A promise to go home
A few years ago I helped my mother keep a promise. We took Nan home.
Nan was my Mom’s friend in the small Massachusetts town where they both lived. “Friend” was a gracious description of their love/hate relationship. Nan was difficult … and mean.
She had a tongue that sliced through the good intentions of the even the most tender-hearted who wanted to help her. As she aged, she needed help.
Nanette Simon was born in 1923 and raised in Brockville, Ontario, just above the Thousand Islands. After her mother’s death in childbirth, Nan was raised by her father, grandmother and eventually an aunt. The Scots-Presbyterian household was staunchly proper, not the carefree childhood most of us know. Neither Nan nor her brother ever married. Some people would have called her an “unclaimed jewel” though she wasn’t exactly a sparkling personality.
But Nan was bright, and proved very capable. She graduated from the Kingston, Ontario Hospital School of Nursing. After a few years working near home, she ventured south, answering a nursing shortage in Boston. For three decades, she worked in the city’s fine hospitals, eventually rising to supervisor at a major medical center.
Nurse Nan was not warm and fuzzy – more the “eats nails for breakfast” type. Nursing was her whole life. Old-school and uncompromising, she never asked of anyone what she wouldn’t do herself. She resolutely wore the cap and pin, white stockings, and cape over a uniform so starched that she looked as if she were standing in a stiff wind. Smirking, she once confided that she loved the new ripple-sole work shoes: “I could sneak up behind them during their jokes and smokes and read them the riot act.” She must have terrified those young nurses. I grudgingly admired Nan’s exacting standards, but after hearing some of her stories, I think I’d pass on one of her enemas.
Years before she should have been sidelined, rheumatoid arthritis and osteoporosis took her from the hospital floors. Wheelchair bound, she was confined to home, with infrequent forays to her card club. Even as a semi-invalid, her raised eyebrow and imperious chin announced to all, who was in charge. Her few bridge-playing friends tolerated their cantankerous grump, but respected her abilities and pluck. When all the stars aligned – and her arthritis behaved – Nan reverted to the old-world manners of her upbringing … for a few pleasant hours.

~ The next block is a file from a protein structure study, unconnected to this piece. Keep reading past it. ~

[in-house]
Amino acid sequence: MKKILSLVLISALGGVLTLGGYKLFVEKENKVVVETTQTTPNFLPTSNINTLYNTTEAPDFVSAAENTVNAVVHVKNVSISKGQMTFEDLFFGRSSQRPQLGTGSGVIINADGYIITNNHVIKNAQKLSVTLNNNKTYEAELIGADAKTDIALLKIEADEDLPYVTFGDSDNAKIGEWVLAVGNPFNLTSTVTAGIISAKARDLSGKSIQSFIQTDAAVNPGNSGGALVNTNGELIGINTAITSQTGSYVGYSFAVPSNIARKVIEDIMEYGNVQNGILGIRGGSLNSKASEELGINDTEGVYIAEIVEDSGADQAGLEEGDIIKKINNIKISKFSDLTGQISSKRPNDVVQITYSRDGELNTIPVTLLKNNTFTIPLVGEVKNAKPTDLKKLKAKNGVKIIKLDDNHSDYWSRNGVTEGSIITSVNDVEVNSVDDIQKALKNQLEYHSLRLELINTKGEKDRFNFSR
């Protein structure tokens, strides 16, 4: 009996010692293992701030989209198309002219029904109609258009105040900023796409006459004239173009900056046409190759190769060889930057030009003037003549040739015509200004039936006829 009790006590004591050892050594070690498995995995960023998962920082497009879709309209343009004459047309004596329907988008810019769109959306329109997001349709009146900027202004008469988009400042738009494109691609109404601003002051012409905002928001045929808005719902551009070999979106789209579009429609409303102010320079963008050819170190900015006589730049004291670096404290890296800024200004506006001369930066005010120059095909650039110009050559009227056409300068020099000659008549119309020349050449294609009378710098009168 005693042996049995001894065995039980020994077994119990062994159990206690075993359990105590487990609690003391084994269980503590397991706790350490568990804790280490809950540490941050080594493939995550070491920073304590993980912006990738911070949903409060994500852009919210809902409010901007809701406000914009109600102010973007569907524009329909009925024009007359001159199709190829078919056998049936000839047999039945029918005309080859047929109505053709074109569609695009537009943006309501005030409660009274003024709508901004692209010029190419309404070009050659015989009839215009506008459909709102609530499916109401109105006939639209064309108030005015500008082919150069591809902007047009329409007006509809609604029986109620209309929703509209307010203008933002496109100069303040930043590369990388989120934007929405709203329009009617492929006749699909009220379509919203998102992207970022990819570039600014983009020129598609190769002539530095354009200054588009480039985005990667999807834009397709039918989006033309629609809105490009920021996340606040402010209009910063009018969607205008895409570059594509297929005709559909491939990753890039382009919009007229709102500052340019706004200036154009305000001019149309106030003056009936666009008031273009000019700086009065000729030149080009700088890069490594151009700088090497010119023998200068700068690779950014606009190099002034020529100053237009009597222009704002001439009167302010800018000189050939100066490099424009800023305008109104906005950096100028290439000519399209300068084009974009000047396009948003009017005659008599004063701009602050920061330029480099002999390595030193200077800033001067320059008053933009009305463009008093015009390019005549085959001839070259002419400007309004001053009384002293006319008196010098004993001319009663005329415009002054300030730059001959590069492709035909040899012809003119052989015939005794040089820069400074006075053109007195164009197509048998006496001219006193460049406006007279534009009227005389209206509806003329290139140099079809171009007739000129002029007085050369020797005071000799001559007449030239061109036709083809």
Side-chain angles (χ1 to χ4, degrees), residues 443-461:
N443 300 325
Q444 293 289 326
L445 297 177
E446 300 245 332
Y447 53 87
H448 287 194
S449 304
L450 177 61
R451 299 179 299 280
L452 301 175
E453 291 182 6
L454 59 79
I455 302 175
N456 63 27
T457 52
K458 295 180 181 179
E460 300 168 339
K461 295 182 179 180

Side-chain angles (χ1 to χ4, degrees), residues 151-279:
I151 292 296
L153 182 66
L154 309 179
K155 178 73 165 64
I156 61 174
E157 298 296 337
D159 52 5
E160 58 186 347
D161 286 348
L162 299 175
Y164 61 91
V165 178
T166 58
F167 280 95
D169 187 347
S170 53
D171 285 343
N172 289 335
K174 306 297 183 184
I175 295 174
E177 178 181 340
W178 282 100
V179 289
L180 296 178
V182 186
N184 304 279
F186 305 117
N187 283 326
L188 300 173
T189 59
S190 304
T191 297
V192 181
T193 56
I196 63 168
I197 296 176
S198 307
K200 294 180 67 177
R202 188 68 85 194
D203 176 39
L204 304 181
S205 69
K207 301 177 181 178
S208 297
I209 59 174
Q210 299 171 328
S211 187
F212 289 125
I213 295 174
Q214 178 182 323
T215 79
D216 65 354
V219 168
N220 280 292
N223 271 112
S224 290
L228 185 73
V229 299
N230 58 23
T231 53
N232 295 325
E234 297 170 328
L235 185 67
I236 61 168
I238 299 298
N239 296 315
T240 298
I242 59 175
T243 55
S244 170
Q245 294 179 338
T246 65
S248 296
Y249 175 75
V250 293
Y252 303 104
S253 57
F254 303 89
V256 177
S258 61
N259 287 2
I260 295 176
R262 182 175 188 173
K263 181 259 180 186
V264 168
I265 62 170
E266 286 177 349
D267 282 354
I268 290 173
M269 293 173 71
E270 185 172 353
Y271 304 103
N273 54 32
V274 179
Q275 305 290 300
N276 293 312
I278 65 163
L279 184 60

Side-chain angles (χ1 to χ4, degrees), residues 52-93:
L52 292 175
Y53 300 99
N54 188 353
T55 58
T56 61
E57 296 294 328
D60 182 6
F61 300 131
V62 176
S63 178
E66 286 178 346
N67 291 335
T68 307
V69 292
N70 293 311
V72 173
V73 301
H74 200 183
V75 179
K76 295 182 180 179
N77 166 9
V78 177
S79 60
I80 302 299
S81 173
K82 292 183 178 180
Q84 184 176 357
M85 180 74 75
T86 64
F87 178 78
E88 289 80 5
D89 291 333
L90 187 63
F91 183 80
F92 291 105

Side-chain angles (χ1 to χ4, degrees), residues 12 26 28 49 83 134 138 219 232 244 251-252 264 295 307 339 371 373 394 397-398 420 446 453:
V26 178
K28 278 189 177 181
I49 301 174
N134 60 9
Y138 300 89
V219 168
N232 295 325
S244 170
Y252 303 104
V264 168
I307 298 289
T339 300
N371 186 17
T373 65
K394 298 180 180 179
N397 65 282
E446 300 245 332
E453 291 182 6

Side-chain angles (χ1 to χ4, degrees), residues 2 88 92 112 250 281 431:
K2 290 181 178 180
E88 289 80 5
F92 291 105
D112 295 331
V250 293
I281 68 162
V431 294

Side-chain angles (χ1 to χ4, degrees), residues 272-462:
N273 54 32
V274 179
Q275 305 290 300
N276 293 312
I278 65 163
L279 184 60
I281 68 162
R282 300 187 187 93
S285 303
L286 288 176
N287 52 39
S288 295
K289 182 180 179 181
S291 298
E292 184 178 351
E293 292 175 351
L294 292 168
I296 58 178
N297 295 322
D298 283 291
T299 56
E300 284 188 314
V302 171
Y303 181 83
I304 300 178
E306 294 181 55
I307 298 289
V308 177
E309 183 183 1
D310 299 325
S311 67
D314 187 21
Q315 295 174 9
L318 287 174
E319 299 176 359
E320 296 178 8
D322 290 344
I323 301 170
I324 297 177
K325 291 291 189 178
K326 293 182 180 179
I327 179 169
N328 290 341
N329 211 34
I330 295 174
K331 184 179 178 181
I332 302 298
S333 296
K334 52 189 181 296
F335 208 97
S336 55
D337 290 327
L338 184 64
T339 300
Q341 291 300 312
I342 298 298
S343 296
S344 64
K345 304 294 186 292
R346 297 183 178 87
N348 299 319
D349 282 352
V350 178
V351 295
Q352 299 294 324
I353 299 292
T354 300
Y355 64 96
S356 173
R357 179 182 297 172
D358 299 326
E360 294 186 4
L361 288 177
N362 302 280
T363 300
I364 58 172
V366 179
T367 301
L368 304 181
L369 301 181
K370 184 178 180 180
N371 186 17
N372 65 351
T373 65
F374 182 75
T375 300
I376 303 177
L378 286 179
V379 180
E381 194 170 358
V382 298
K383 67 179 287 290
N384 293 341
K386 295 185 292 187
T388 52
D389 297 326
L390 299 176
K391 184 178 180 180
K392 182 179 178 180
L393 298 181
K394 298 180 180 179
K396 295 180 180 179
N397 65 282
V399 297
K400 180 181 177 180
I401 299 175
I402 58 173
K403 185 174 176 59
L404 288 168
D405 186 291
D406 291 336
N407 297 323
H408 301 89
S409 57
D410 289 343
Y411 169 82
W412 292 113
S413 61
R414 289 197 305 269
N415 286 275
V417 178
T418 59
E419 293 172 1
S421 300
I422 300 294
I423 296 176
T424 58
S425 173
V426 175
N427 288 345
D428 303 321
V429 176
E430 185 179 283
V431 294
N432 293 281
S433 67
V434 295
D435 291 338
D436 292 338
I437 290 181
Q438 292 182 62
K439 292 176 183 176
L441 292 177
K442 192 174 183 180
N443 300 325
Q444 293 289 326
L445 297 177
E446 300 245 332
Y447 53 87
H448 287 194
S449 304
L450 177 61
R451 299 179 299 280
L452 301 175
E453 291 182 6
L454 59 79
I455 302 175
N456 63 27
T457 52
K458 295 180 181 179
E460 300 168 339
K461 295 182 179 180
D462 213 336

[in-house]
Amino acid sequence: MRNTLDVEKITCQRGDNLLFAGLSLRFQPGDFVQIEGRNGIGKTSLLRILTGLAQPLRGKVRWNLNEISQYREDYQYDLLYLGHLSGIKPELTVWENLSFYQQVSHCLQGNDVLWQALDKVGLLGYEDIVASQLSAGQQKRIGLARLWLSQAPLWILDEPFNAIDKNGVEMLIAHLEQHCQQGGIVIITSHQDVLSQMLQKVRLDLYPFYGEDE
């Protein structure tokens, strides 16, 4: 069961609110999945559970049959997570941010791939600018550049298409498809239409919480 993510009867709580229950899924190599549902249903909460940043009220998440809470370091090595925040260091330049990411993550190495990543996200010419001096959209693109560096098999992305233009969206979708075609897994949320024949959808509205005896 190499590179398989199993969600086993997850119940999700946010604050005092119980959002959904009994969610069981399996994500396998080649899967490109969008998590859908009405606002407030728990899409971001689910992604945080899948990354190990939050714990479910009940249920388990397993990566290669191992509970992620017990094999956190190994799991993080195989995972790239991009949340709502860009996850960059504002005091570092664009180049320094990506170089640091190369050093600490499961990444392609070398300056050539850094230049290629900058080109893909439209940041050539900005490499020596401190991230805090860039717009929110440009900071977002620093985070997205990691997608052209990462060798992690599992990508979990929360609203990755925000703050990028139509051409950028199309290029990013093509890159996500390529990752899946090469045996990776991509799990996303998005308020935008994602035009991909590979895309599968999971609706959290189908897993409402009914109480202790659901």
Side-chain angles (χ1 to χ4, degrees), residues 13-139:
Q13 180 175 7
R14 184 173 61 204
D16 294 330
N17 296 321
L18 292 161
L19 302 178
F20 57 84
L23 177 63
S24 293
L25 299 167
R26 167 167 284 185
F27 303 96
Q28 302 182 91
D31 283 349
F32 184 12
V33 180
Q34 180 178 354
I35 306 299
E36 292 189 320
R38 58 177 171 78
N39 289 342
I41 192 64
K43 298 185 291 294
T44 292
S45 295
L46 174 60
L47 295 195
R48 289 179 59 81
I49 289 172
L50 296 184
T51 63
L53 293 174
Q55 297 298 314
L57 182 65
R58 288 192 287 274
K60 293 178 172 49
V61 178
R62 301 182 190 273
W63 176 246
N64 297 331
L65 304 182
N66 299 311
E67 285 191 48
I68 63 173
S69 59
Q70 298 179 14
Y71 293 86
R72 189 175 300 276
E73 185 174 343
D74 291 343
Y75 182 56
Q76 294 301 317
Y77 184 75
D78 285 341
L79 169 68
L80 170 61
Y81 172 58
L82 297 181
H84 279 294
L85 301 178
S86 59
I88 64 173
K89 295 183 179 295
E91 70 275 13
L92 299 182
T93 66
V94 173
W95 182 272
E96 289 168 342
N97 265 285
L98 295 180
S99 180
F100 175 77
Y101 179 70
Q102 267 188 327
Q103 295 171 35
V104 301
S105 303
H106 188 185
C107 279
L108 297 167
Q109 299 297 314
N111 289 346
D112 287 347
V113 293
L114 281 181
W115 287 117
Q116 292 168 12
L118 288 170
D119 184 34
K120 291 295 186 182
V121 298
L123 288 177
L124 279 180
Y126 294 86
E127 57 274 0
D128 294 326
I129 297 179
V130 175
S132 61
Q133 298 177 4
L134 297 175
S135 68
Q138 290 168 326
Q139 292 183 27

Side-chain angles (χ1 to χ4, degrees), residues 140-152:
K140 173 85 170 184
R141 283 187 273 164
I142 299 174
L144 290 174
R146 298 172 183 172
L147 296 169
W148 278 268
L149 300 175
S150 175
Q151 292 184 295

Being one of Nan’s caretakers was almost impossible. She bossed and criticized them as she had her young nurses, mistreating most of the agency’s candidates. Finally, in her last few years, one young woman responded to her bark, “Listen to me, please. You need help, but no one wants to work for you. I need this job and I’m a nice person, but I won’t tolerate this kind of treatment. Why don’t we just be nice to each other and see how that goes?”It went swimmingly.
My Mom met Nan back in the 80’s, when she first needed assistance. Mom slept over for many months until Nan could find professional caregivers. The two older women forged an unlikely friendship that continued down to me and my daughter. If Nan liked you, she loved you. Gradually, we became the family she no longer had, and she joined us for holidays when she was able.
One evening over cocktails, Nan reminisced about her girlhood back in Brockville. And when she asked my mother, Mom promised she would return Nan home when the time came. She died that year.
We drove about seven hours from Warren to the other side of the St. Lawrence River. The following morning, the funeral director and his assistant waited somberly in their respectful mourning coats and striped pants, despite the August sun. Mom and I sat near the grave in our funereal best. Nan would have inspected the four of us head-to-toe, and approved.
After the Pastor arrived in his long, flowing Presbyterian pleats, five people, three of whom had never met her, celebrated the unbending stoicism that was Nan Simon’s life. In his homily, the minister stressed the love we share with each other on our life’s path and how Nan had channeled hers into her thousands of patients. I sat thinking about how much Nan belonged here, returned to the place that formed her.
Soon after the service, we began the long ride home. Mom was pleased to have kept a promise to a lonely old friend.
I read once that “Home is the place that when you need to go there, they have to take you in.” Nan needed her return to Brockville. And by its gracious demeanor, Brockville welcomed her home.
Marcy O’Brien lives in Warren, Pa with her husband, Richard, and Finian, their timorous Maine Coon cat. Marcy can be reached at Moby.firstname.lastname@example.org.